Volatility in global financial markets was acute last week, and it may be a prelude of what’s to come in the year ahead. As I write in my weekly commentary, an important driver of those swings will be markets’ adjusting to less accommodative U.S. monetary conditions. But on top of that, investors will continue to wrestle with several lingering geopolitical issues, particularly with respect to Russia.
While stocks continue to press higher, there’s no denying the environment is changing. Back in July, we suggested that as the date of a first Federal Reserve rate hike approached, market volatility was likely to rise from the unusually low levels that characterized 2013 and the first half of 2014. Indeed, since the summer, equity market gains have been accompanied by greater gyrations. Between Jan. 1 and the end of August, the average daily close on the VIX Index (a common measure of stock market volatility) was 13.5. The average has now risen to 15.5.
In addition to the expected shift in the monetary regime, the rise in volatility is also being driven by more unease from overseas. One area of increasing concern, both politically and economically, is Russia.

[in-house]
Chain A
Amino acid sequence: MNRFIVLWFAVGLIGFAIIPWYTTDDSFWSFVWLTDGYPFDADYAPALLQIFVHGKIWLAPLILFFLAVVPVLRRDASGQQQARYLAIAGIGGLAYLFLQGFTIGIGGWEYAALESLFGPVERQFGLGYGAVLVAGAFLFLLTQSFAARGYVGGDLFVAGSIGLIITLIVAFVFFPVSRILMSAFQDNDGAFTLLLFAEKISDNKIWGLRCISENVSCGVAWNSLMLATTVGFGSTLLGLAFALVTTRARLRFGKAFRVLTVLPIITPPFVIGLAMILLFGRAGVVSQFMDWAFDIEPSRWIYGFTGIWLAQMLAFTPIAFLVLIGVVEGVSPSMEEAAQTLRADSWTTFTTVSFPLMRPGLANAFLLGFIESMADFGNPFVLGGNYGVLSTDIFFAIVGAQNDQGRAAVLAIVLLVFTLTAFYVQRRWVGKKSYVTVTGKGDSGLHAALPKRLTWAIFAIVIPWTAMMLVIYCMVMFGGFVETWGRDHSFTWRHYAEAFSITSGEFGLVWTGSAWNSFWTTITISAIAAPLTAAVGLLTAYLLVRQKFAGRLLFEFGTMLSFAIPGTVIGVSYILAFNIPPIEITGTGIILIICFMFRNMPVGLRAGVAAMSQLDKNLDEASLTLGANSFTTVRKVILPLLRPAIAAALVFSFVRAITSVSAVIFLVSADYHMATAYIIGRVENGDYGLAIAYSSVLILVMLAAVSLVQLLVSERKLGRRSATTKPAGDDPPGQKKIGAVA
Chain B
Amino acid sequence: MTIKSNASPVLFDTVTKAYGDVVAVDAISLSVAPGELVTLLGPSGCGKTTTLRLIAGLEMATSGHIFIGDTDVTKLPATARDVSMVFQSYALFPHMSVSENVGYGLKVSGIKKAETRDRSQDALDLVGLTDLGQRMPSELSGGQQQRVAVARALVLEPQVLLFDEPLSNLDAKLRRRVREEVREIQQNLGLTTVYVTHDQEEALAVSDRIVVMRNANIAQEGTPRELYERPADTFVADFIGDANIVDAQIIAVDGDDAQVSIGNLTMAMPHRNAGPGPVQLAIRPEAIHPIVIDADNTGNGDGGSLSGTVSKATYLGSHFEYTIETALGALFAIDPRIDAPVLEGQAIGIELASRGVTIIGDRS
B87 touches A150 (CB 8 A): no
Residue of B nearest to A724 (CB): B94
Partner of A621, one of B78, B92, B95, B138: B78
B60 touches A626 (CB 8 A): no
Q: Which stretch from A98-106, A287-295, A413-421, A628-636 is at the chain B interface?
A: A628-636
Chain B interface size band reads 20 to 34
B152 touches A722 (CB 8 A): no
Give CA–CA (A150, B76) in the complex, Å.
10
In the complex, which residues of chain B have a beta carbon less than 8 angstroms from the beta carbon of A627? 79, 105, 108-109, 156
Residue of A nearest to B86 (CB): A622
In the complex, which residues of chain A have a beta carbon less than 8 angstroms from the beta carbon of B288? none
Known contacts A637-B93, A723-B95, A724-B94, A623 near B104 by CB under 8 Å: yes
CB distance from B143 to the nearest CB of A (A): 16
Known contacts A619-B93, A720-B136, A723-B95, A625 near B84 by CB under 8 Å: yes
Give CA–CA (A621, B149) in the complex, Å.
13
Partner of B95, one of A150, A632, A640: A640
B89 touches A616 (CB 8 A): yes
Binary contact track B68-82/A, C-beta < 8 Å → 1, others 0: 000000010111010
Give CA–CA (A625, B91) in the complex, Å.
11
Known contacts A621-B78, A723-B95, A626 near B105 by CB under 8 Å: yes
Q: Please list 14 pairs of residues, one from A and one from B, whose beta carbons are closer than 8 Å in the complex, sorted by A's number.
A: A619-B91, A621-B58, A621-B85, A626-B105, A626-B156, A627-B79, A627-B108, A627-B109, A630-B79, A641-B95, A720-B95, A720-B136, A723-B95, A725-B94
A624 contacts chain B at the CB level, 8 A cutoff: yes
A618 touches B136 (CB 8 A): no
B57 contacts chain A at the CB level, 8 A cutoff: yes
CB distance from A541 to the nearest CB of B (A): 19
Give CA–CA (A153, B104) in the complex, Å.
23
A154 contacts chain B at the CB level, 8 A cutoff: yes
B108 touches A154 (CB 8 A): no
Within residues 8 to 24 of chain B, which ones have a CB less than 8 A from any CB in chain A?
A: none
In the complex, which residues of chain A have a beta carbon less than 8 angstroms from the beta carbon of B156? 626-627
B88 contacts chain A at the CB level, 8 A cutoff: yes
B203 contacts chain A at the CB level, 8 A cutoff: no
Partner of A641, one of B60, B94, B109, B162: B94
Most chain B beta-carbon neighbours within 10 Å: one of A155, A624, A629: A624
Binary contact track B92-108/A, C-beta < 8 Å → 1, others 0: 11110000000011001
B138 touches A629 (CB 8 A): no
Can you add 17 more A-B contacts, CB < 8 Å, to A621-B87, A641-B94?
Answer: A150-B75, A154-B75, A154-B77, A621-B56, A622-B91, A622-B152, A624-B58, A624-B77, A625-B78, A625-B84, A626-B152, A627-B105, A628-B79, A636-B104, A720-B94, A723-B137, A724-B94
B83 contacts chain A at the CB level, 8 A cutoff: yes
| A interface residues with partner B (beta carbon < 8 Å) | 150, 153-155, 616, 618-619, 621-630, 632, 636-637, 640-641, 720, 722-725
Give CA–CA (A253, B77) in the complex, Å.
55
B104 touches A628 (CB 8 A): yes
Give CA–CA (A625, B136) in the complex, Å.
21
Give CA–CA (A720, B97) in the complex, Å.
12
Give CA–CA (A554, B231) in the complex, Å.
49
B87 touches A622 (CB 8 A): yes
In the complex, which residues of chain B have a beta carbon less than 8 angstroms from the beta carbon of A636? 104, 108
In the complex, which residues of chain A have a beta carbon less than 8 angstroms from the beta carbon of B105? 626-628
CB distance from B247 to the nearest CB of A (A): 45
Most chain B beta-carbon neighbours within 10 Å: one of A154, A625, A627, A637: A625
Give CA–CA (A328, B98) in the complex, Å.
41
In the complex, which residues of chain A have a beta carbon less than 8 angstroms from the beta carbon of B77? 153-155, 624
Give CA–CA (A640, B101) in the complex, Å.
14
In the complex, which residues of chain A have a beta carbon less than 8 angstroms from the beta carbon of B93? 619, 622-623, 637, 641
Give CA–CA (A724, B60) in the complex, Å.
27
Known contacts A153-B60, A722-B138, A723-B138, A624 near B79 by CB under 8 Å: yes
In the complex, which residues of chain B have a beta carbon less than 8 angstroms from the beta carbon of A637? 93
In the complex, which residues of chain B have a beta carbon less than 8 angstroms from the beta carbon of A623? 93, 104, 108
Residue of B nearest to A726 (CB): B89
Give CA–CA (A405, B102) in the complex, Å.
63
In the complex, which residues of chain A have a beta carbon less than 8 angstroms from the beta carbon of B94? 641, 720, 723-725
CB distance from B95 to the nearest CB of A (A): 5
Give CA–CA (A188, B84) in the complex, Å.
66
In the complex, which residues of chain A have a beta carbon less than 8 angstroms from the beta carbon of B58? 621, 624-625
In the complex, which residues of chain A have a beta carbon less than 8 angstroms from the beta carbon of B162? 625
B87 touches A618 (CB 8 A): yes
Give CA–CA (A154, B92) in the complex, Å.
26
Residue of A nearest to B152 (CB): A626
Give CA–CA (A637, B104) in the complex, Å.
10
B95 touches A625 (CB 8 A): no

Oil prices fell another 6% last week, and are now down roughly 45% year-to-date. Lower oil prices will help mitigate the global slowdown, but plunging oil prices are inflicting real harm on several emerging market countries, notably Venezuela and Russia. While the Russian market and currency stabilized by Friday, the Russian ruble had plunged earlier in the week, despite a massive interest rate hike by the Russian central bank. The rate hike was the largest single increase since 1998, when Russian rates soared past 100% and the government defaulted on its debt.
Given this history, there is growing concern that despite a current account surplus and relatively low levels of debt, the combined effect of lower oil prices and economic sanctions leaves the Russian market vulnerable to speculative pressures. In short, the worry is that an economic contraction morphs into a financial crisis in the country.